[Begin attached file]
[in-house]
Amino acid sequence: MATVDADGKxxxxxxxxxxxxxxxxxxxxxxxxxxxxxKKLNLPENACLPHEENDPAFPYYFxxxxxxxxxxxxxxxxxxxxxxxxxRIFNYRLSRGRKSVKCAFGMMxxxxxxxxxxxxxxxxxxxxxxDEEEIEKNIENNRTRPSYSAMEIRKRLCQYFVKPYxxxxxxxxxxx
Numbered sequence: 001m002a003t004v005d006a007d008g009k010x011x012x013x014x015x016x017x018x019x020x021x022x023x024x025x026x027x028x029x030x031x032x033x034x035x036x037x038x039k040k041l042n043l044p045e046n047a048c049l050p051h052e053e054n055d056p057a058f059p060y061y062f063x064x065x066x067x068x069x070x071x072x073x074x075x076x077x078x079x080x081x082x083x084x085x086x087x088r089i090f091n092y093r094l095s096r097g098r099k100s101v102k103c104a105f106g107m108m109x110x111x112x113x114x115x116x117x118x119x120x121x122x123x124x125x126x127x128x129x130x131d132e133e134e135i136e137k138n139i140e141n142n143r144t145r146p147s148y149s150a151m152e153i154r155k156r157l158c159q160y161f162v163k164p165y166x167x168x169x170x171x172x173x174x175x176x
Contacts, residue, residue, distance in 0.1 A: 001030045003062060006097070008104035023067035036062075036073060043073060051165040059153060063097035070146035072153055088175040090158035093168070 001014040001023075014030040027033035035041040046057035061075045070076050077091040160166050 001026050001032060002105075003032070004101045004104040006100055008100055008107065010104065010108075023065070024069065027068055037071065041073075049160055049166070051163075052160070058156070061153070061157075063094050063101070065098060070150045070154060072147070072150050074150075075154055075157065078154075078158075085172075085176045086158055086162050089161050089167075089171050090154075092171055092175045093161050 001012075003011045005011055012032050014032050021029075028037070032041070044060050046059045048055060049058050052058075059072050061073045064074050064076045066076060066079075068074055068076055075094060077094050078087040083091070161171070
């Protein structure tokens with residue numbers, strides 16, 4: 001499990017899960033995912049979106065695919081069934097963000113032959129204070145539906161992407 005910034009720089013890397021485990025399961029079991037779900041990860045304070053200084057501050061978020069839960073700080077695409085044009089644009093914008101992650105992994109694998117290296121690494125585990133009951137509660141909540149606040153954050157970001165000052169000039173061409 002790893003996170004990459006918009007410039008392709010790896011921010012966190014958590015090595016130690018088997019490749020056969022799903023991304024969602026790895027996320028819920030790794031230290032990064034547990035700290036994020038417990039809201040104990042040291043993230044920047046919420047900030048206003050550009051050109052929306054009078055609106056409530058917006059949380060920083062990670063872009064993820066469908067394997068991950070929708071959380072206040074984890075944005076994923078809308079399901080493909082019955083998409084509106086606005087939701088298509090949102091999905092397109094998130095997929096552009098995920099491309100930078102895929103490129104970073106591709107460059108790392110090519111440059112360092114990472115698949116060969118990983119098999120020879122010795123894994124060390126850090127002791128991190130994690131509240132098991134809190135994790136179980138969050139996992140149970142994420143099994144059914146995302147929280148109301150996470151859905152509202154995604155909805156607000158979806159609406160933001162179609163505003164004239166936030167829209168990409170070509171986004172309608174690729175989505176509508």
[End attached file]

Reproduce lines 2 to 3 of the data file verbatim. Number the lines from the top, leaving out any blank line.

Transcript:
Amino acid sequence: MATVDADGKxxxxxxxxxxxxxxxxxxxxxxxxxxxxxKKLNLPENACLPHEENDPAFPYYFxxxxxxxxxxxxxxxxxxxxxxxxxRIFNYRLSRGRKSVKCAFGMMxxxxxxxxxxxxxxxxxxxxxxDEEEIEKNIENNRTRPSYSAMEIRKRLCQYFVKPYxxxxxxxxxxx
Numbered sequence: 001m002a003t004v005d006a007d008g009k010x011x012x013x014x015x016x017x018x019x020x021x022x023x024x025x026x027x028x029x030x031x032x033x034x035x036x037x038x039k040k041l042n043l044p045e046n047a048c049l050p051h052e053e054n055d056p057a058f059p060y061y062f063x064x065x066x067x068x069x070x071x072x073x074x075x076x077x078x079x080x081x082x083x084x085x086x087x088r089i090f091n092y093r094l095s096r097g098r099k100s101v102k103c104a105f106g107m108m109x110x111x112x113x114x115x116x117x118x119x120x121x122x123x124x125x126x127x128x129x130x131d132e133e134e135i136e137k138n139i140e141n142n143r144t145r146p147s148y149s150a151m152e153i154r155k156r157l158c159q160y161f162v163k164p165y166x167x168x169x170x171x172x173x174x175x176x